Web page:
Here it is in 60 seconds.

  |   February 13, 2014   11:15 AM ET

There's a time and a place for a selfie, and this probably isn't it.

French journalists seized the moment while they were sitting in the Oval Office - with Barack Obama and French President Francois Hollande looking on in the background.

According to French reports, they were ticked off by White House staff, who reportedly said this was "not the done thing".


Perhaps the hacks should concentrate on holding their President to account over rumours about his private life.

Paul Vale   |   February 12, 2014    2:22 PM ET

A Republican senator is to hit president Obama with a lawsuit on Wednesday that aims to halt surveillance by USA spy agencies which have been intercepting private communications both at home and abroad, as revealed by the Edward Snowden leaks.

Entitled 'Rand Paul v. Barack Obama', the Kentucky Senator is asking the Federal court in Washington DC to declare part of the Patriot Act, the legislation signed into law by George W Bush after the 9/11 attacks that enables agencies such as the NSA to monitor private phone calls, unconstitutional. Those named as defendants include the president, FBI director James Comey, director of the NSA General Keith Alexander and director of National Intelligence, James Clapper.

The legal action currently has around 350,000 plaintiffs, with Paul, a staunch libertarian and a candidate for the Republican presidential nomination in 2016, looking to corral many more. In a Fox News interview in December, Paul said that “everybody who has a cell phone would be eligible to become a plaintiff”.

The thrust of Paul’s complaint focuses on the metadata – the bulk phone records collected from American telecommunications companies – routinely collected by the NSA, which includes details such as phone numbers, dates and times of calls.

Several other lawsuits challenging the collection of this metadata are already pending in federal courts across the US. However Paul’s challenge is different in that it’s a class action suit, which means the plaintiff is not only seeking damages for themselves, but also for anyone who has been affected by the perceived wrongdoing.

Speaking to MSNBC, Stephen Vladeck, a law professor at American University, said of Paul’s suit: "Ostensibly, he could be suing on behalf of all Americans, or all Americans hypothetically affected by these court orders."

Addressing his supporters via a video message on Tuesday, Paul said: "When we learned that the NSA was collecting the phone data of every American last year it posed a serious Constitutional question: Do we no longer have a Fourth Amendment?"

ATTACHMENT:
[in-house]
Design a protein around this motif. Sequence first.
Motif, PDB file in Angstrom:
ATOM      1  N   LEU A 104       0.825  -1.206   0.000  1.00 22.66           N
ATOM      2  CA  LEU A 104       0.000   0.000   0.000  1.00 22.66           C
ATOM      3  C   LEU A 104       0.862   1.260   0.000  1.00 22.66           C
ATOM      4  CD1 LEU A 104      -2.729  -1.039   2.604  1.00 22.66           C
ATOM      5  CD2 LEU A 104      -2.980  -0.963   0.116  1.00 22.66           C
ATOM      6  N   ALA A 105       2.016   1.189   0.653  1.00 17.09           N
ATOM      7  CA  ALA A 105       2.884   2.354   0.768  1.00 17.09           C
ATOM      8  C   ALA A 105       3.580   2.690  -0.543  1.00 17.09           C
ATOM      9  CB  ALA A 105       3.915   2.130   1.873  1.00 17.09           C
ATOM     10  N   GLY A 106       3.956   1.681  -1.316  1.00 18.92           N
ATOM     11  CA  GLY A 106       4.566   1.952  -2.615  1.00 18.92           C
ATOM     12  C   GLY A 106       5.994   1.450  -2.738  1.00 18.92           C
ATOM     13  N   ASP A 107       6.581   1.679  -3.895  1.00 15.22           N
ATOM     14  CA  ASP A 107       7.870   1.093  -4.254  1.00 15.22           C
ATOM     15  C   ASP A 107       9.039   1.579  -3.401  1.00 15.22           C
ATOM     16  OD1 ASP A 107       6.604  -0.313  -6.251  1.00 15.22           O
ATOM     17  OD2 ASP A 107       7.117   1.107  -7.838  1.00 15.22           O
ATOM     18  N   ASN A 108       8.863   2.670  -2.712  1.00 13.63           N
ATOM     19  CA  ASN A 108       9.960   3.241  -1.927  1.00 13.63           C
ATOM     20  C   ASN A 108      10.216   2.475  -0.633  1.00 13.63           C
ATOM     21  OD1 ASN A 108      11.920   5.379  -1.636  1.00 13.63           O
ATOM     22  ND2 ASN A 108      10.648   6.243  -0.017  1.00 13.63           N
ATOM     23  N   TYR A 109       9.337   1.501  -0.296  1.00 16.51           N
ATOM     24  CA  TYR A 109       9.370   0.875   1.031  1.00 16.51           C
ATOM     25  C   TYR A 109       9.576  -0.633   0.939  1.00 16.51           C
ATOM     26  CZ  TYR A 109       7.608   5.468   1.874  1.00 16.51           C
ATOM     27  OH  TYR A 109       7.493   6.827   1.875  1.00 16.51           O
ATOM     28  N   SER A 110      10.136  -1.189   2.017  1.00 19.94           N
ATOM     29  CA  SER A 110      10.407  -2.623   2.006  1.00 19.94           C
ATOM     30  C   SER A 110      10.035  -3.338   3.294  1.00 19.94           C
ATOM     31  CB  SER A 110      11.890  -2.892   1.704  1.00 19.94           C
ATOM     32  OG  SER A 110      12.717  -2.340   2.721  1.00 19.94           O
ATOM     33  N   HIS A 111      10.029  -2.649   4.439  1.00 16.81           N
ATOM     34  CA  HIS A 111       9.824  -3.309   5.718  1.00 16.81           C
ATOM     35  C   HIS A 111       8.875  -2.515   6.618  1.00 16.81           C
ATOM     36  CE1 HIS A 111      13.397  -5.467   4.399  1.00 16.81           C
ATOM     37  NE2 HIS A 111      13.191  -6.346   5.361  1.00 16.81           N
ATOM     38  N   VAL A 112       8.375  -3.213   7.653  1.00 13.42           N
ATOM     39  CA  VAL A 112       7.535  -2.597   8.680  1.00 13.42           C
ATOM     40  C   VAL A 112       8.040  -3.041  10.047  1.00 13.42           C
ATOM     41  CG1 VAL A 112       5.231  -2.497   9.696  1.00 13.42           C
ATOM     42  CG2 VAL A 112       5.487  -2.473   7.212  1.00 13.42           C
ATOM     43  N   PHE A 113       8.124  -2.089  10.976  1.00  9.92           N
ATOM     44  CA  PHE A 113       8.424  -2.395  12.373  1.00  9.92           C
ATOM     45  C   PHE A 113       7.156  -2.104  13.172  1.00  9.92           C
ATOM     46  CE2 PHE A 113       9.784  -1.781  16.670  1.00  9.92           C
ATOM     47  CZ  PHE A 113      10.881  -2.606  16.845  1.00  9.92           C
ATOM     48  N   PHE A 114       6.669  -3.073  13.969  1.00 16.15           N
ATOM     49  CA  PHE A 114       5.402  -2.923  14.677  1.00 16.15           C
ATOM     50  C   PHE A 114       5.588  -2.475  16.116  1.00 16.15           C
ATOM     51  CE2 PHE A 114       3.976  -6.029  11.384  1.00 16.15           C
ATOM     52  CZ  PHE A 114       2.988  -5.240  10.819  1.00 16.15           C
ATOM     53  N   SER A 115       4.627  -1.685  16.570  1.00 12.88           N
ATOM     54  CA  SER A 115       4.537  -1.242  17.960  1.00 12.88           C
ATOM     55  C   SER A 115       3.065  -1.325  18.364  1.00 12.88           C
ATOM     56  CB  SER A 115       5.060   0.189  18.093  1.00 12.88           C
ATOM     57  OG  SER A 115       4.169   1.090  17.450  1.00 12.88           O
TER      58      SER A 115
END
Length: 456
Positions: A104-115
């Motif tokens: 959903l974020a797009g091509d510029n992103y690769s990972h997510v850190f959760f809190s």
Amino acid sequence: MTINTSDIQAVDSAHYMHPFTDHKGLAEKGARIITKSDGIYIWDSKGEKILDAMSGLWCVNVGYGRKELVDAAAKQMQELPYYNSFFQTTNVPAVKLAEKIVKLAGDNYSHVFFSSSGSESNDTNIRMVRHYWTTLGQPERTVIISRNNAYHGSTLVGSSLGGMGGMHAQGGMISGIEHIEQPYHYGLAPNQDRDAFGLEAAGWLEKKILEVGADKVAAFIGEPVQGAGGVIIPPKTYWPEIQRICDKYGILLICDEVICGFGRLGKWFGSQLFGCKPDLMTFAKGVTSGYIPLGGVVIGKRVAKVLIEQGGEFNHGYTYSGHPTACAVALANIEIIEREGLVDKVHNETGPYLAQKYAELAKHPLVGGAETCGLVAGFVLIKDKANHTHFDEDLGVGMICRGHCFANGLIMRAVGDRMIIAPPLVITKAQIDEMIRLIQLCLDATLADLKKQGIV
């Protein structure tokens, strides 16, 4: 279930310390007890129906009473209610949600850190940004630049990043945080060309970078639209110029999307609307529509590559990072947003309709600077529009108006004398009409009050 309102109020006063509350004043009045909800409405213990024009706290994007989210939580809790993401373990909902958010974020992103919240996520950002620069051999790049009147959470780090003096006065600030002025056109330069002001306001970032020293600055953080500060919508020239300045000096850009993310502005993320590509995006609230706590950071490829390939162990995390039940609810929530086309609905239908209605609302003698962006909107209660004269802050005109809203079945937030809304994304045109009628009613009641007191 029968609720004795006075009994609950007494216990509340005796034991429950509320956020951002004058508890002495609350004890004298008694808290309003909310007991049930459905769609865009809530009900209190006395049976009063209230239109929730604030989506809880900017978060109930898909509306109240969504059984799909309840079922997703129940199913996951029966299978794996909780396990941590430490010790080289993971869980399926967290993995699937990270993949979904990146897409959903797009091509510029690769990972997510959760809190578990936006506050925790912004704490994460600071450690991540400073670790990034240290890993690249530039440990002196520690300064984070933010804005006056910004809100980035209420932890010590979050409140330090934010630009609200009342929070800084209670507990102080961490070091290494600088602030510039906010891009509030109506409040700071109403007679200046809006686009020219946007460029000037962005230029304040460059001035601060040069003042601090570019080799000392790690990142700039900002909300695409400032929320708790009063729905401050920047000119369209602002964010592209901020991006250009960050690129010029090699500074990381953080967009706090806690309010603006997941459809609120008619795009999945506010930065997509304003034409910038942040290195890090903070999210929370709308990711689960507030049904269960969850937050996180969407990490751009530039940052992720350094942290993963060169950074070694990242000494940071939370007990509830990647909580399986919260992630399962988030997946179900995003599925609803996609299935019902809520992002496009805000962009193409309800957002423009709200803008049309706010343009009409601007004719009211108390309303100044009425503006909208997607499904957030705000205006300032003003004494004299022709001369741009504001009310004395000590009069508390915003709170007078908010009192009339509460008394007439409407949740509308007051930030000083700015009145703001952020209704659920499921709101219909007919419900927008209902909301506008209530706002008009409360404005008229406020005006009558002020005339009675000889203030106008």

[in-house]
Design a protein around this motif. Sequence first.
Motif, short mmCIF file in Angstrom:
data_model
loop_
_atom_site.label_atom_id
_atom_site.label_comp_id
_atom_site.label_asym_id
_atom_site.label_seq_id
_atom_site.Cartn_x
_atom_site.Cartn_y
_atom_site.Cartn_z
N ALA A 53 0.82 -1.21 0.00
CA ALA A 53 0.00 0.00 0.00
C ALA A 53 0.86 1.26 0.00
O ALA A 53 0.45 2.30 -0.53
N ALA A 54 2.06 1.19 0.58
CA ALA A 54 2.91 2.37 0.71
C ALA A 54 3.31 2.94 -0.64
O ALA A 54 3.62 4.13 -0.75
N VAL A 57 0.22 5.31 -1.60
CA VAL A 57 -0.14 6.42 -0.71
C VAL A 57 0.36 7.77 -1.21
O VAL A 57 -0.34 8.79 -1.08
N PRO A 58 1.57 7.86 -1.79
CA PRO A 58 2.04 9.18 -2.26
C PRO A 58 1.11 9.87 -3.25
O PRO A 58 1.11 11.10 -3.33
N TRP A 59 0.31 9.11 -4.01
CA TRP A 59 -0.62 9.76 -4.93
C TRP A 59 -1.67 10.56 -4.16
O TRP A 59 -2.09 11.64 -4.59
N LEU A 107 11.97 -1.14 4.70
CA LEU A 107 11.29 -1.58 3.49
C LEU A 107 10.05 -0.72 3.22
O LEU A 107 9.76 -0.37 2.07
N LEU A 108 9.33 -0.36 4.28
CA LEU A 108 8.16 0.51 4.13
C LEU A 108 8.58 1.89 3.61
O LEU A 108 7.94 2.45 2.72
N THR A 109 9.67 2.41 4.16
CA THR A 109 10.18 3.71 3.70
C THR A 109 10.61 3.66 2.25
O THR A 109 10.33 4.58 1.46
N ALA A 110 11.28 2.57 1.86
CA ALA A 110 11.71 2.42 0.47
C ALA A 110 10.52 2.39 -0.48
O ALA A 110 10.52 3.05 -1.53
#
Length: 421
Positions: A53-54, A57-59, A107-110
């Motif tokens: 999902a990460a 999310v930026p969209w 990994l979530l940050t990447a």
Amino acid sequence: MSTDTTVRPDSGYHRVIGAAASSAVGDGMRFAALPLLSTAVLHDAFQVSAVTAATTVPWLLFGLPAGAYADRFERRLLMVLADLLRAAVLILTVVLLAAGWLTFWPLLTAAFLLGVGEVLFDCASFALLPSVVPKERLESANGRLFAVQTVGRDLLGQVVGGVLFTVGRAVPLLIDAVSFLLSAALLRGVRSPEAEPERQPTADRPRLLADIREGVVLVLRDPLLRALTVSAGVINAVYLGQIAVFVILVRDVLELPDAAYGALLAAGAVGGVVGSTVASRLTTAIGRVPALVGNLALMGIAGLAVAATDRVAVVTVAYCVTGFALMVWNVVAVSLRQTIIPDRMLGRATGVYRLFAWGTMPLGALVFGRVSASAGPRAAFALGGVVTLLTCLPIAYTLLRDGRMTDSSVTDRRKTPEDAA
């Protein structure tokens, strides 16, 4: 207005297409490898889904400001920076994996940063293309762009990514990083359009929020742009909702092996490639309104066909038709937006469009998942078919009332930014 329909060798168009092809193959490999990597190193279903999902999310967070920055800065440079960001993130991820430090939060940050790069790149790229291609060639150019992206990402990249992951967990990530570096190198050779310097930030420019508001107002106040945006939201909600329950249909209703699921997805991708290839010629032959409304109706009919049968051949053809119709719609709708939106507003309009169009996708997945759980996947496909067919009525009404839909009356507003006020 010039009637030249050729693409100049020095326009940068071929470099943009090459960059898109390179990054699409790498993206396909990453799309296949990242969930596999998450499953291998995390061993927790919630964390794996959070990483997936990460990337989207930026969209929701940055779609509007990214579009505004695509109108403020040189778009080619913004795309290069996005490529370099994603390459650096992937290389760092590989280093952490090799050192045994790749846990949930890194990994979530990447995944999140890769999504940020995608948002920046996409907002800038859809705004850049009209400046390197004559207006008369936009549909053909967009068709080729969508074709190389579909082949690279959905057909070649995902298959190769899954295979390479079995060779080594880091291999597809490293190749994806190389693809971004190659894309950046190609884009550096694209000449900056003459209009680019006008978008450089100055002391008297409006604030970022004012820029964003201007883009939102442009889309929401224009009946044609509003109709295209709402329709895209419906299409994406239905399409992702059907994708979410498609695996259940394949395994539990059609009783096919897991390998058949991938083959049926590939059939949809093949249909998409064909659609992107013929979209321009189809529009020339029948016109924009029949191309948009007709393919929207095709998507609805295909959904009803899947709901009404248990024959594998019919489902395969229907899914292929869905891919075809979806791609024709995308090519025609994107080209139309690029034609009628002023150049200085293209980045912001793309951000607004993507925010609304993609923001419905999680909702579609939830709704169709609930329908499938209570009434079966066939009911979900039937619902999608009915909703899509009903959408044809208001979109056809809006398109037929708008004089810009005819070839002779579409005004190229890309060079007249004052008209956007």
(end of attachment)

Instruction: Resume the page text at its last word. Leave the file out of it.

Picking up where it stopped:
The Fourth Amendment to the US Constitution, part of the Bill of Rights, prohibits unreasonable searches and seizures and requires any warrant to be judicially sanctioned and supported by probable cause.

In a statement released this week, Paul outlined his case against Obama, arguing that the president has "publicly refused to stop a clear and continuing violation of the Fourth Amendment," with the 51-year-old senator expecting the case to go all the way to the US Supreme Court.

The White House has yet to publicly comment on the lawsuit but, in a speech on security given earlier in January, Obama argued that members of the intelligence community "follow protocols designed to protect the privacy of ordinary people", adding: "They're not abusing authorities in order to listen to your private phone calls or read your emails."

Paul is expected to give a press conference in front of the federal courthouse in the capital after the suit has been filed, with the senator trumpeting his credentials as a defender of the constitution against encroachment of the intelligence services.

However, Paul’s critics, many of whom are from the Republican Party, have lambasted the move, with Peter King going as far as to question the Senator’s place in government.

"The NSA is doing exactly what it is supposed to be doing," said King in an interview earlier this month, adding: "To me, he’s either totally uninformed, or he’s part of that ‘hate America’ crowd that I thought left us in the 1960s.

"In any event, he doesn’t deserve to be in the United States Senate for spreading that type of misperception and absolute lies."

The scope of the NSA’s surveillance programme gained international notoriety last June after former NSA contractor Snowden, who is currently in asylum in Russia, released a tranche of classified documents about US and British spying activities.


  |   February 12, 2014    1:33 PM ET

As Jon Stewart points out in this clip from 'The Daily Show' (showing midnight tonight on Comedy Central Extra), the American media are rather obsessed with one detail of Francois Hollande's trip to Washington...

Sara C Nelson   |   February 12, 2014   11:48 AM ET

Sad times, social media fans – if you’re in Sonora, Mexico you can’t name your baby ‘Facebook’.

‘Rambo’ is also off the list after the state began banning names found to be odd or offensive.

“The law is very clear because it prohibits giving children names that are derogatory or that don’t have any meaning and that can lead to bullying,” Sonora state Civil Registry director Cristina Ramirez told the Associated Press.

rambo stallone

Rambo is off the list